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The Divine Comedy (The Inferno, The Purgatorio, and The Paradiso) Paperback – May 27, 2003
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“Exactly what we have waited for these years, a Dante with clarity, eloquence, terror, and profoundly moving depths.” –Robert Fagles, Princeton University
“A marvel of fidelity to the original, of sobriety, and truly, of inspired poetry.” –Henri Peyre, Yale University
Original Language: Italian
Top Customer Reviews
There is an introduction on "How to read Dante" which was indispensible for my first time foray.
There is a note from the translator that explains how his translation might differ from others and why.
There is an introduction from a collegue of the translator that puts the Divine Comedy in a historical context.
So easy to read!
Each Canto begins with a synopsis. If all you wanted to know was the plot of the Divine Comedy you could just read all of these half page summaries (but you'd really miss out.)
Then the canto in beautiful verse.
Then copious notes that explain the minute details about whom you meet in the Canto and relevant events in history. The notes are as interesting as the Cantos themselves.
I am so glad I picked this copy up. I have now read and ENJOYED Dante's Divine Comedy. I highly recommend this as a starting point. It is extremely accessible.
In addition to the direct translation, Musa provides an introductory summary to each canto, detailed notes following each canto, a glossary of names in the back of each volume, and an introductory essay for each volume. The introduction to "Volume 1: Inferno" gives a thorough introduction to Dante and to his other works as well as to the Inferno. Following the introduction is a translator's note. The introductions to "Purgatory" and "Paradise" do not go over the extra information presented in "Inferno". It is useful to read all three of Dante's canticles in the Musa translation to get a complete, consistent presentation of the work. Musa does make reference in his notes to one volume to ideas or people presented in the others.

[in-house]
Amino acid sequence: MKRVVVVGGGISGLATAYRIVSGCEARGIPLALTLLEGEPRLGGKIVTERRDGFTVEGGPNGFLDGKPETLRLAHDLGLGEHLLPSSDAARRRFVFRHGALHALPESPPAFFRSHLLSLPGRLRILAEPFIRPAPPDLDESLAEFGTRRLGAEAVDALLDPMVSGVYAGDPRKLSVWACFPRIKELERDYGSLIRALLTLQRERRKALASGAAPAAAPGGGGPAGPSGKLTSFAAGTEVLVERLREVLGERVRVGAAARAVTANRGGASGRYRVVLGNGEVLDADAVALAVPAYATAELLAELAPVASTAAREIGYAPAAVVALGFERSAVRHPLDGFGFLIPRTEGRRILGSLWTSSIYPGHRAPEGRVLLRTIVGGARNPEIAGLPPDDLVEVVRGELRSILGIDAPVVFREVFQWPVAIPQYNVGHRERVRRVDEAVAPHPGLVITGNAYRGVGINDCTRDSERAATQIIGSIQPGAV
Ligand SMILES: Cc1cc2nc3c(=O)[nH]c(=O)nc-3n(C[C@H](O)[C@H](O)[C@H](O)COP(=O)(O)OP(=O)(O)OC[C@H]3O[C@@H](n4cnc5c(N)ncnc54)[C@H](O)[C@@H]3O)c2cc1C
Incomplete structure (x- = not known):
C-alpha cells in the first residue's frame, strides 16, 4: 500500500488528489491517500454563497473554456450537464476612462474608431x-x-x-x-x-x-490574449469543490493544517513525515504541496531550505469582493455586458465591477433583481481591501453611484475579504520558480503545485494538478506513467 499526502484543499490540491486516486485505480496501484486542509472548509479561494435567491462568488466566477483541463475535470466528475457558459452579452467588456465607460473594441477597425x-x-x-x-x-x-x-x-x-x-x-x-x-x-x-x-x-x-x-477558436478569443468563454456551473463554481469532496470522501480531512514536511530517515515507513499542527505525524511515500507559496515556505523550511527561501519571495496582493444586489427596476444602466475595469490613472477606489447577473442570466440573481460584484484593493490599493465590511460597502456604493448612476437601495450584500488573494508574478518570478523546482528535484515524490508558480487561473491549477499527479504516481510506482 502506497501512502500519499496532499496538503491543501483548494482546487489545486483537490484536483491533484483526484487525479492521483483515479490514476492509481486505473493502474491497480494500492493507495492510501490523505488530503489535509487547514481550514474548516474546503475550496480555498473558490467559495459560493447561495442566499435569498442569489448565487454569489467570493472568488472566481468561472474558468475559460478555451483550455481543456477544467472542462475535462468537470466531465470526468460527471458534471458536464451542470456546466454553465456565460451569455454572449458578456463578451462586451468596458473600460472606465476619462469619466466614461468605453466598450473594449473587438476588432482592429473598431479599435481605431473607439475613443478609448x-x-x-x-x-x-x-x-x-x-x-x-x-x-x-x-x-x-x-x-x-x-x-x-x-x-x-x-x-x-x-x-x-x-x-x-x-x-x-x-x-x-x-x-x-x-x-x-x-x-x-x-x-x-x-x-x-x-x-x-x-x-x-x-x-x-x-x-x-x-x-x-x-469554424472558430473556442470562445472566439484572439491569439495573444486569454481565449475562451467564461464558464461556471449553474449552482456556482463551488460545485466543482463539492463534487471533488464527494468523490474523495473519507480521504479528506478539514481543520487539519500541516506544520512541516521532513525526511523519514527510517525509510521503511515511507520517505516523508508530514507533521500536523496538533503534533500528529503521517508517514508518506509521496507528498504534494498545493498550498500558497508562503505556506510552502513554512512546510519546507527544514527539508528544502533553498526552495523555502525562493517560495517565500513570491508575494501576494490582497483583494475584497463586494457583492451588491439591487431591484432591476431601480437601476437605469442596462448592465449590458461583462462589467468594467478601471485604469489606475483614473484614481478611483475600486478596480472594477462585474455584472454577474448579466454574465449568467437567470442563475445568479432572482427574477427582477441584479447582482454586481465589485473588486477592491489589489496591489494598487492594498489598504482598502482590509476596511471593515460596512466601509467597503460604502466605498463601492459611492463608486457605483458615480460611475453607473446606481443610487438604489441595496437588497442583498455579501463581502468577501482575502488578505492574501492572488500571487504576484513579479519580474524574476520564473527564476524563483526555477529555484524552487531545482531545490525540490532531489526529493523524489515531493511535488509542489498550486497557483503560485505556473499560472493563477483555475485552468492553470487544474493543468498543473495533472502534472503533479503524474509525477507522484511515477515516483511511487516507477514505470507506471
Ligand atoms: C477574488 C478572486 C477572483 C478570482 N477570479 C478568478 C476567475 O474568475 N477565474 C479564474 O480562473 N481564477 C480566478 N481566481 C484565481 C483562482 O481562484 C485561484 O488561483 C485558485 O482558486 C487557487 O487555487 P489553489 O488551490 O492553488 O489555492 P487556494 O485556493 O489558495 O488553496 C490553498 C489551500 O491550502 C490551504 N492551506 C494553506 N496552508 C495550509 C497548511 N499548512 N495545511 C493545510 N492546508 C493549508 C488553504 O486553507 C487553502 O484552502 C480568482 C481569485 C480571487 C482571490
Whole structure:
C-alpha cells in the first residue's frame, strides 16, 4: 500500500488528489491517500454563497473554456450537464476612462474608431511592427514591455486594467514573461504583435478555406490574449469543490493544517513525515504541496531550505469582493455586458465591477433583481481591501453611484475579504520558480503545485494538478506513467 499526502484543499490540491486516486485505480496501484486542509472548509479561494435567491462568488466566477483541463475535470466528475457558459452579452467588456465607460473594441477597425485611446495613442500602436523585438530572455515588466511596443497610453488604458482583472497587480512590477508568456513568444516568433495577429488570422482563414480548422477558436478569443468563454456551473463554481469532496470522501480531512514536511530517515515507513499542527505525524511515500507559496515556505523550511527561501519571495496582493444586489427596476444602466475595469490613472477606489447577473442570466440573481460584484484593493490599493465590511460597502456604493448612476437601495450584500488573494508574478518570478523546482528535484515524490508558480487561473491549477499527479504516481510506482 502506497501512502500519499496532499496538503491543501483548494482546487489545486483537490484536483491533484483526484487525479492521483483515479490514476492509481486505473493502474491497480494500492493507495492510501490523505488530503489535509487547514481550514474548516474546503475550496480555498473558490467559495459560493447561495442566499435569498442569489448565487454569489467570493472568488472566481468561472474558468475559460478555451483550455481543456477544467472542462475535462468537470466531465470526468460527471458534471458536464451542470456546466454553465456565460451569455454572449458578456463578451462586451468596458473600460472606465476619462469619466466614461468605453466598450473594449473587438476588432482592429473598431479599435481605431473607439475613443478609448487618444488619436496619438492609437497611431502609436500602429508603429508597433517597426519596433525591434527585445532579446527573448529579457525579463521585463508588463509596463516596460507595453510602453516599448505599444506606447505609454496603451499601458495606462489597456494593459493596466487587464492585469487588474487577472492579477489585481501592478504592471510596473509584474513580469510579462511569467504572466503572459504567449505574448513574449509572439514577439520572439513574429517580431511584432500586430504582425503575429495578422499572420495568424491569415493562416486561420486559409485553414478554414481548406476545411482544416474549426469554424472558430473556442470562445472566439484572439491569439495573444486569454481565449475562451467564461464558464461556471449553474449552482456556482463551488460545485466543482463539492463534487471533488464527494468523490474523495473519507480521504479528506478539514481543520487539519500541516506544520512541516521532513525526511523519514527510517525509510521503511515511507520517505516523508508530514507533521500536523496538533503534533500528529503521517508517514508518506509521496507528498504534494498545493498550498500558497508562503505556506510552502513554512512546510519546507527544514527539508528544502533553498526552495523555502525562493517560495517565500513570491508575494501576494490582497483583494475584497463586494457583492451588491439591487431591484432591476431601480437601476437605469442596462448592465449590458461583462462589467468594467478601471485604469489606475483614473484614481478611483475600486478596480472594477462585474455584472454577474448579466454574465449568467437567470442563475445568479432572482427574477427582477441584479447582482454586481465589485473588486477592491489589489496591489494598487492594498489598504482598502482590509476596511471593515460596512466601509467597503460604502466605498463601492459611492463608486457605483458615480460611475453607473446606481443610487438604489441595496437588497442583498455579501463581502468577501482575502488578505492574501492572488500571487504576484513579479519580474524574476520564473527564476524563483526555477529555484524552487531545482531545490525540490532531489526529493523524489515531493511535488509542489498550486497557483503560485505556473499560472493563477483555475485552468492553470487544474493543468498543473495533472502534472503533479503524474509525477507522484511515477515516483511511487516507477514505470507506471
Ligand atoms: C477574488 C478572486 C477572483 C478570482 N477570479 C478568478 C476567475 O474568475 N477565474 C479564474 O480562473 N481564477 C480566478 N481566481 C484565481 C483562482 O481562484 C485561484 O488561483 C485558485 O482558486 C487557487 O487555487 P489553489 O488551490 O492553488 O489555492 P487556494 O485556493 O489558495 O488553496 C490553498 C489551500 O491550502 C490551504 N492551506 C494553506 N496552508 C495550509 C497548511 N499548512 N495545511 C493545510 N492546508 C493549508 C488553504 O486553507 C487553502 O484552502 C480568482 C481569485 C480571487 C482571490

The notes are vital for almost everyone. The references to Biblical, classical, and medieval personalities, myths, time systems, theology, and events come frequently. Few people are up on the ins and outs of Guelf vs. Ghibelline in medieval Italian politics. Musa makes it all as clear as it needs to be.
Musa's version of "Inferno" italicizes the introductory summary before each canticle and retains the detailed, interesting mappings of Hell used in the Sayers edition.
Dante's poem is central to Western civilization.Read more ›
Most Recent Customer Reviews
DO NOT BUY THIS EBOOK. The Kindle edition has no intro, no note from the translator (Longfellow), no context for the poem, nothing at all extra to help one appreciate and... Read morePublished 3 days ago by Chibitika
Better read the instructions on HOW to Read this book. Its very ancient and written with colloquialisms and verbose sentences. I love it!Published 13 days ago by David
Buyer beware: I think this is a scam, as far as the audio book goes. You have to sign up with your email, and afterwards, you cannot download the audiobook.Published 27 days ago by thehowl